We’re thrilled to announce our first scheduled bookstore reading! The writers and artists of The Better Bombshell will be at Elliott Bay Bookstore at 7:30PM on Saturday, February 16. Come join us! Details of the event are available here. Many of our writers and artists will be in attendance to sign books, and we’ll have some wonderful light refreshments thanks to our friends at Anjou Bakery and the Mt. Townsend Creamery.
There will be three featured readers at Elliott Bay. The first is novelist Carolyn Turgeon, well-coiffed author of Mermaid, Rain Village, Godmother, The Next Full Moon, and Fairest of Them All (forthcoming from Simon & Schuster.) She also runs the blog I Am A Mermaid, a “…delicate, ladylike blog for mermaids and the humans who love them.” She will be reading from the piece she wrote for The Better Bombshell, and lucky readers might just get to see the accompanying artwork: a dark and mysterious mermaid painting by Siolo Thompson.
The second reader is Allison Williams, a senior editor at Seattle Met who moonlights as a fiction writer. At the reading on February 16, she’ll be reading her piece for The Better Bombshell: a (fictional) exit interview with a superhero. Allison’s work is hilarious and insightful — while deftly weaving in some poignant truths.
Nicholas Dighiera is an Alaskan writer, international facial hair champion, and the author of a short story called “Naked Pictures of People You Know,” which will be the third reading at Elliott Bay. In their collaboration for The Better Bombshell, Nick worked with artist Levi Hastings, who recently became a People’s Choice Finalist for the Art Walk Awards! We’re saving Levi’s final piece for the book, but he agreed to let us share his concept sketch (below).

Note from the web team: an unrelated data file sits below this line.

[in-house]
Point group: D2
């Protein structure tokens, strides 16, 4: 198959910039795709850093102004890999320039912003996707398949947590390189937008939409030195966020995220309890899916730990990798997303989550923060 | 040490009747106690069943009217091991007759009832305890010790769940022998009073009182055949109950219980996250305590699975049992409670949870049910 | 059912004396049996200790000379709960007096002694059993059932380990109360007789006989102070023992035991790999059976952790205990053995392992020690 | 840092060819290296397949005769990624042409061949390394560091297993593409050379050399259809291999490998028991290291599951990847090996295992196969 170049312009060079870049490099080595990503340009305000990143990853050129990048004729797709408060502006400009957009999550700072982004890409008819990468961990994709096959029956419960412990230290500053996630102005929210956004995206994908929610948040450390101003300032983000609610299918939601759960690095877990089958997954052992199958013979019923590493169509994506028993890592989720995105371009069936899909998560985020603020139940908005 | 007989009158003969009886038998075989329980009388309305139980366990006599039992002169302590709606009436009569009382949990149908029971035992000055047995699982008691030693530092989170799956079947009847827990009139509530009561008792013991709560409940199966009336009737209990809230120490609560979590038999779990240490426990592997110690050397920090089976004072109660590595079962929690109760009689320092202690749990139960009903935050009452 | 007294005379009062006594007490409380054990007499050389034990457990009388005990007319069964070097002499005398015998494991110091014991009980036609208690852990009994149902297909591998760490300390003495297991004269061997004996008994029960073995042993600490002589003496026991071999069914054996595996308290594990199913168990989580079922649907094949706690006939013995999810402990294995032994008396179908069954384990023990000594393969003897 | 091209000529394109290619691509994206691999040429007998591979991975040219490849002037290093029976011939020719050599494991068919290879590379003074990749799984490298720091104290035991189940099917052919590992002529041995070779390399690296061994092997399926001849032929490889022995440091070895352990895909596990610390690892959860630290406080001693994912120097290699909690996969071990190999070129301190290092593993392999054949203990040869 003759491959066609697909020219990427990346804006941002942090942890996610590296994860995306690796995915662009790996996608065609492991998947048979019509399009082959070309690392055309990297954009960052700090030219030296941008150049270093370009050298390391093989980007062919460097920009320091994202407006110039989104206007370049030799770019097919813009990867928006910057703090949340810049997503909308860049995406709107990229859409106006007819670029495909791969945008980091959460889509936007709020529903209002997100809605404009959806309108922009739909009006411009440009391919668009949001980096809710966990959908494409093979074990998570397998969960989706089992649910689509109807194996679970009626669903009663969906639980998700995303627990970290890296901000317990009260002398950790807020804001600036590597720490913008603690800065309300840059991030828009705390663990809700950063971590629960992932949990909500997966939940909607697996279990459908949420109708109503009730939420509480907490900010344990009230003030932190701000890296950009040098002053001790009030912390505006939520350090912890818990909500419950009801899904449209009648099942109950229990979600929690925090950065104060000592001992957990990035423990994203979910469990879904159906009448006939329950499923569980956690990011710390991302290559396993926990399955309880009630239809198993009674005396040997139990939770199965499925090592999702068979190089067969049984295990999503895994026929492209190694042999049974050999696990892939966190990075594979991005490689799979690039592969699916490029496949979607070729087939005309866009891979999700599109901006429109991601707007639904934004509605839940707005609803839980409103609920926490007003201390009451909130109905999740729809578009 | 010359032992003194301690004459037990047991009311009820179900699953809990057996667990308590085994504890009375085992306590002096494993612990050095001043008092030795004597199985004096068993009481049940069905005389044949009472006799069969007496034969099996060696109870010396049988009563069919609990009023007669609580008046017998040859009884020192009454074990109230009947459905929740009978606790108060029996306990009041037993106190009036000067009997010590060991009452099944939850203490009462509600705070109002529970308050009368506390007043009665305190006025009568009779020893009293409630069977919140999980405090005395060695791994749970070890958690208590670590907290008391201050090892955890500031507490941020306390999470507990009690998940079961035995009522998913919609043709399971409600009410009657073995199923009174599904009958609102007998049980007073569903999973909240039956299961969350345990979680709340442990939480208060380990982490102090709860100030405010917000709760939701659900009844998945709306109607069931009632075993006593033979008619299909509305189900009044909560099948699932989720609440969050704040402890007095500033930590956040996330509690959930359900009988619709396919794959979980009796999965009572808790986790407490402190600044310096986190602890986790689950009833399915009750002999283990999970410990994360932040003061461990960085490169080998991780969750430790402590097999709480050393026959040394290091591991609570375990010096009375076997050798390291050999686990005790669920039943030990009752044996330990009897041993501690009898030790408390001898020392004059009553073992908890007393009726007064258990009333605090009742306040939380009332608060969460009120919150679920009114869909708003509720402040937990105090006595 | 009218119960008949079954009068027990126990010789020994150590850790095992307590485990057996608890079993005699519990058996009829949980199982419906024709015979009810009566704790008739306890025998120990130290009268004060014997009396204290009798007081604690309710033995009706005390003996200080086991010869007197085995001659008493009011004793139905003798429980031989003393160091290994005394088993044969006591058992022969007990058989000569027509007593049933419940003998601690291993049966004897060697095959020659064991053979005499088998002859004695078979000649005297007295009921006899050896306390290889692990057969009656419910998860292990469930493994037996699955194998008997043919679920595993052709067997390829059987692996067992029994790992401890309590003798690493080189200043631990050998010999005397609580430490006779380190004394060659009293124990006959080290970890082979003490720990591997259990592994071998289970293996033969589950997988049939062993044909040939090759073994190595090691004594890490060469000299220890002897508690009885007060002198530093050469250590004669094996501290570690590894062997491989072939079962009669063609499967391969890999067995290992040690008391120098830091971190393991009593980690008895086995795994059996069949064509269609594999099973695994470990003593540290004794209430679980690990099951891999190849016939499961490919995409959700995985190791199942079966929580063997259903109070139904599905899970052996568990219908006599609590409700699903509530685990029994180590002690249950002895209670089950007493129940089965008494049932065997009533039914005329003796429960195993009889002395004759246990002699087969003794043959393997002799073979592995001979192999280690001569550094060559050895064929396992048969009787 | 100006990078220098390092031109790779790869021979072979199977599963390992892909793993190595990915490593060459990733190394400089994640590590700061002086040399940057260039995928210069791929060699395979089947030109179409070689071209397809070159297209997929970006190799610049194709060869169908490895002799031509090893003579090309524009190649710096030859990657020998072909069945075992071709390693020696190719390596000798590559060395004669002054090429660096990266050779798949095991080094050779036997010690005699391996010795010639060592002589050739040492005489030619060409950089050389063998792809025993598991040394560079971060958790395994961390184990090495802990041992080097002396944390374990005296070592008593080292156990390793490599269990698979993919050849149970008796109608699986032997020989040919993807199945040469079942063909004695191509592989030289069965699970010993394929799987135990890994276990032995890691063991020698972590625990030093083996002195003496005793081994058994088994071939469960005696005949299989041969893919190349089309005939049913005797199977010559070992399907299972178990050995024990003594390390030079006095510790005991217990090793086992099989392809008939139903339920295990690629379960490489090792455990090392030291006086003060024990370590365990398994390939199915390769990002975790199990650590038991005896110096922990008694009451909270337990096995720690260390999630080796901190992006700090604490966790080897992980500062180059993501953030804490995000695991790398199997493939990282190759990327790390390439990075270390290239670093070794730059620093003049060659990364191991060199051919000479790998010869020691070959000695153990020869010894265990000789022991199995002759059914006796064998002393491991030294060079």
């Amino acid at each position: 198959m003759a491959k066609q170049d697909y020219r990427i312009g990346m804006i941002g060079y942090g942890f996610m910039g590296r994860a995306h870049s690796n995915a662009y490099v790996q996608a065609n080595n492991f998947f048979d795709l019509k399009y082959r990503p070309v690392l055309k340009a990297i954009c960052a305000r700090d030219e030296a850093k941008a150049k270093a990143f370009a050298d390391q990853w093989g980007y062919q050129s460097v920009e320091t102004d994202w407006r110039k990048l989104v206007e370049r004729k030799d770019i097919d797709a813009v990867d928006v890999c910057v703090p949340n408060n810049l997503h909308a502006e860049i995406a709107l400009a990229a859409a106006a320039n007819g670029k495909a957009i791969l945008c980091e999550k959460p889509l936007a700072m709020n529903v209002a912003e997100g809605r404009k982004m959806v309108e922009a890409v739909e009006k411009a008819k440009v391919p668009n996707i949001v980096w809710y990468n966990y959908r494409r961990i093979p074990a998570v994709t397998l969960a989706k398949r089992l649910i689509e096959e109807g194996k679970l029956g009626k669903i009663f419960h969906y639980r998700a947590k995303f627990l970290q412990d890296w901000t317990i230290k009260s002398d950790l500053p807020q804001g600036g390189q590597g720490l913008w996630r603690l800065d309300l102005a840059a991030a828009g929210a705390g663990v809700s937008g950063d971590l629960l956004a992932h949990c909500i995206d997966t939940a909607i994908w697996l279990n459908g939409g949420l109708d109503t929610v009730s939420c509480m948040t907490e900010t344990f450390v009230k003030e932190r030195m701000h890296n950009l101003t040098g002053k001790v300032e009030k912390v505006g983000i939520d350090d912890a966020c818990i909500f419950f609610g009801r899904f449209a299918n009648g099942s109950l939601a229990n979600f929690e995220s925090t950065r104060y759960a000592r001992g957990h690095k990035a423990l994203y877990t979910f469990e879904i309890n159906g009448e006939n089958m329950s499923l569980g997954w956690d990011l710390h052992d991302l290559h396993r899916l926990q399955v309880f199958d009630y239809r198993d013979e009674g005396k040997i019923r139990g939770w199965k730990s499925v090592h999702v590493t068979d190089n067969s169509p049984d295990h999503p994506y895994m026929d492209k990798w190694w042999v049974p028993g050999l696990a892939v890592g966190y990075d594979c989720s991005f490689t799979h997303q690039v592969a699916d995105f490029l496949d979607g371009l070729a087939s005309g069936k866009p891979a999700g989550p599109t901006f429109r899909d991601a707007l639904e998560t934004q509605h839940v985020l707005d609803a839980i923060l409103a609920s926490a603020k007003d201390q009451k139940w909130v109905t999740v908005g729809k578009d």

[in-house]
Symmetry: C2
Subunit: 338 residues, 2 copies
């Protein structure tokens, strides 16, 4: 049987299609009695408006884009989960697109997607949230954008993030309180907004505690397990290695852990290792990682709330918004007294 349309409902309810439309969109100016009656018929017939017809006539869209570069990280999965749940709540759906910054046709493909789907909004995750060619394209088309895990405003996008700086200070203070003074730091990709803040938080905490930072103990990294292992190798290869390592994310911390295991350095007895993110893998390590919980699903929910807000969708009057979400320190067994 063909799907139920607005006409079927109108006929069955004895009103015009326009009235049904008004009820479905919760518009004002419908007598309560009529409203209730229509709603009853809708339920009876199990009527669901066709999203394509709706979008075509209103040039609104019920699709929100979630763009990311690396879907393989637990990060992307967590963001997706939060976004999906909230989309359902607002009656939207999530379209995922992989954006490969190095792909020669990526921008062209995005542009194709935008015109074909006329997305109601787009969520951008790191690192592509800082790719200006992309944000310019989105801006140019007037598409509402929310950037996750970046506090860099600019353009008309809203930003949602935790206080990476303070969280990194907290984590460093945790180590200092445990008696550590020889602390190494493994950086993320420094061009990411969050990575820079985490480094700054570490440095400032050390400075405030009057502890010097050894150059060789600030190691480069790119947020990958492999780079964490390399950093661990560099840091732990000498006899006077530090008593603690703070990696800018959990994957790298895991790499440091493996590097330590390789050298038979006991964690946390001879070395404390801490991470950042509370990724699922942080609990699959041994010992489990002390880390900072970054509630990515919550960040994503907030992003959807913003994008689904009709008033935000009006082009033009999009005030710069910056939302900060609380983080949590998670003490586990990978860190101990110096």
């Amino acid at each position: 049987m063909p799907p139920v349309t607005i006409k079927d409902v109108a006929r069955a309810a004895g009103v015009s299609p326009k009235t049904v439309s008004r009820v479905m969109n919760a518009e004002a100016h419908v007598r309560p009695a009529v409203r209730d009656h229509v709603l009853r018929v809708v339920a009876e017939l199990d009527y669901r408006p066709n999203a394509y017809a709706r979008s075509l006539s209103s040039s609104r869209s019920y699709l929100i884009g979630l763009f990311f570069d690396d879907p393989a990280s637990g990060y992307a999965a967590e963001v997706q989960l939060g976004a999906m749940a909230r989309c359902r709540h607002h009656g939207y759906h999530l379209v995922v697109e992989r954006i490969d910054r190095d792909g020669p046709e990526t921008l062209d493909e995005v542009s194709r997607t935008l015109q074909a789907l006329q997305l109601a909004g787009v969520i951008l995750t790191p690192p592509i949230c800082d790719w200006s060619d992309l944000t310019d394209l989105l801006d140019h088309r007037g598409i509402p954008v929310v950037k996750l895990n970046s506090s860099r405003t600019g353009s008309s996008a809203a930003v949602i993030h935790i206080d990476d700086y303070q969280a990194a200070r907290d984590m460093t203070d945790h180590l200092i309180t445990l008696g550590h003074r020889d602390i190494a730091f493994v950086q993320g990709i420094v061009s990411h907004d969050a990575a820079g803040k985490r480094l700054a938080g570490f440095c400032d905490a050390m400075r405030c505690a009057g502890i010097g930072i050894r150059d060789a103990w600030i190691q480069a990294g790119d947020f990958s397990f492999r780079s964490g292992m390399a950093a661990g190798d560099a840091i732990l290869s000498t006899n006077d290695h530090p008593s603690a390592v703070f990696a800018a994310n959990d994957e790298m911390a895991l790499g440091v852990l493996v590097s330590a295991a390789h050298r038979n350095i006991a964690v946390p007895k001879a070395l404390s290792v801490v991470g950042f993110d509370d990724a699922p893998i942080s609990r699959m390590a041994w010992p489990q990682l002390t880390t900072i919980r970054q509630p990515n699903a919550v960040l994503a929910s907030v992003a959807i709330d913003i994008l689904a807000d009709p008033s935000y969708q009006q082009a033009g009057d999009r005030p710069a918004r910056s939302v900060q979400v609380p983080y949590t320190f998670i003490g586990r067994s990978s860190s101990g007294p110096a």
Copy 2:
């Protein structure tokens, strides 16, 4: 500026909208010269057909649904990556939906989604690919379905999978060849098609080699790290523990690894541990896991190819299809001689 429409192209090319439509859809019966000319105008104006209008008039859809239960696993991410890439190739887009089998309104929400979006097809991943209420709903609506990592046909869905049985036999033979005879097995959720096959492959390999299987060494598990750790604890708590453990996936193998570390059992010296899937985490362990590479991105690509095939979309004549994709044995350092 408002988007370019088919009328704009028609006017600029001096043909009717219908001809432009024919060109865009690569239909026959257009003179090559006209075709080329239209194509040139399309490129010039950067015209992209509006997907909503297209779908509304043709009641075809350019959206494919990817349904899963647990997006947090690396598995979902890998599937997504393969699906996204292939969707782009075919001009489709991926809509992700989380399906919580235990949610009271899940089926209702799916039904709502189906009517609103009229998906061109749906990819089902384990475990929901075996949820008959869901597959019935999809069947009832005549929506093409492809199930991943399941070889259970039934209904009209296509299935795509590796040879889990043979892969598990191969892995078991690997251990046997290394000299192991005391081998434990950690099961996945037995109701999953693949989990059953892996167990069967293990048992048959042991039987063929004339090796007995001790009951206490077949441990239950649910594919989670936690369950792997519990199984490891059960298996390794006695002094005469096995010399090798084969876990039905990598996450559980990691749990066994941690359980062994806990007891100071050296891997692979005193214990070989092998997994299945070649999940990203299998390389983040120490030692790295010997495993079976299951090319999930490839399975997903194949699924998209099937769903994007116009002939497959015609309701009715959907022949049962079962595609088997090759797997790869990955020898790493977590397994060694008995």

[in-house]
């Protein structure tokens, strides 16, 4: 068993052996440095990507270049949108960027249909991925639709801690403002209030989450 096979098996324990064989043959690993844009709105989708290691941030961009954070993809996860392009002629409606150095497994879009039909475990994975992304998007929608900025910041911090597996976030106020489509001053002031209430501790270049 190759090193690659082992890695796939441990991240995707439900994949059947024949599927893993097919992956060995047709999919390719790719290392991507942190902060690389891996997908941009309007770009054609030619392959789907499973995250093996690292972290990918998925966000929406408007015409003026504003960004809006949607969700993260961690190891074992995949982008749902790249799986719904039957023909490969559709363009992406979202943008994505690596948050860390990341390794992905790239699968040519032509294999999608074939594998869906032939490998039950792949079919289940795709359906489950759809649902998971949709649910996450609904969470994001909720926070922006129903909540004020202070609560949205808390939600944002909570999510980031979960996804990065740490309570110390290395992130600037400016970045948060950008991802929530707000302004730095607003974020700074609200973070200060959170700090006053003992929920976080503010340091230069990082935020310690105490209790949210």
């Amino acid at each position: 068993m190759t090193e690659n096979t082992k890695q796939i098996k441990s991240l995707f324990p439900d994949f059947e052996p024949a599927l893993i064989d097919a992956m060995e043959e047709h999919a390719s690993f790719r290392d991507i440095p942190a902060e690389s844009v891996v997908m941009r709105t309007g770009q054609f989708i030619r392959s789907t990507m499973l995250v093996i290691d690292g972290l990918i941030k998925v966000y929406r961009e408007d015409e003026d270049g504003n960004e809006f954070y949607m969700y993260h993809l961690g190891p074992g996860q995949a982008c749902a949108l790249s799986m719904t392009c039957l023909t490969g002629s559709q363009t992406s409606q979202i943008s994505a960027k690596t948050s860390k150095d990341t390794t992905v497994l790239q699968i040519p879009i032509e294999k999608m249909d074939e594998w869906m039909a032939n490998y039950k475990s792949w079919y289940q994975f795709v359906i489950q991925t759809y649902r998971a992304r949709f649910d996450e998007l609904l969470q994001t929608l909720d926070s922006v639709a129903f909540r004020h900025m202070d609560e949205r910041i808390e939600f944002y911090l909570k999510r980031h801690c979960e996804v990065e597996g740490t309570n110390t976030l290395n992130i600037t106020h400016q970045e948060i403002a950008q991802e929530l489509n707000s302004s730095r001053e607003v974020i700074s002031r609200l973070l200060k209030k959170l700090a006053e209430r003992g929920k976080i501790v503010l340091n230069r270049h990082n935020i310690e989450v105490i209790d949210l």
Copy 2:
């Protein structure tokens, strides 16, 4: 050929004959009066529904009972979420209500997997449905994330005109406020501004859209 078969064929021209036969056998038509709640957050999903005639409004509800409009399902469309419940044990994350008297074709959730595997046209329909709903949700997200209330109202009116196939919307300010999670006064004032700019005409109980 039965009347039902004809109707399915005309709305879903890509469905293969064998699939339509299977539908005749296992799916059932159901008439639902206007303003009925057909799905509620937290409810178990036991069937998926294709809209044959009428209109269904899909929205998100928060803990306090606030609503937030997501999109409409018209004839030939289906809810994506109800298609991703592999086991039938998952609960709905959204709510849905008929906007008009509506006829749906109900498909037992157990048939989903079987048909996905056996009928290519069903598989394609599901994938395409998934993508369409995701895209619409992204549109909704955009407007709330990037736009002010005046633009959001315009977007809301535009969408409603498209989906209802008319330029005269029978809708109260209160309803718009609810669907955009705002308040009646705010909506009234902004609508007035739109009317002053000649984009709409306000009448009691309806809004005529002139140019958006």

Here’s what Nick says about his story: I wanted to talk about beauty. I didn’t want to talk about media beauty. I didn’t want to talk about the beauty we have been shown. I wanted something different. I decided to approach beauty from the side, and through an unusual source — porn — to show beauty in a different way. That’s how I think beauty works. It’s a time and a place, it’s the way something sits; it’s one small piece or a construction of pieces. With this story, I wanted the beauty to be raw. I wanted it to be real. And I wanted that place to be a memory. Beauty is wrapped up in perception, and perceptions change. That reflection, and the years behind it, can make the difference between superficiality or depth.
[...] Appreciating that [...] is important. It’s paramount. I wish beauty was portrayed that way today. Not what Cosmo says is beautiful. Not what TV tells little girls to look like or be like. Instead, it’s what one person recognizes in another as beautiful. Regardless of women or men, it is what anybody sees as beauty. Hopefully, that recognition can be without regret or shame. It can be seen for what it is: The art of being human.
Share the celebration with us at Elliott Bay Bookstore at 7:30PM on Saturday, February 16. (Elliott Bay Books is located at 1521 Tenth Avenue in Seattle.) Stay tuned for more events coming soon!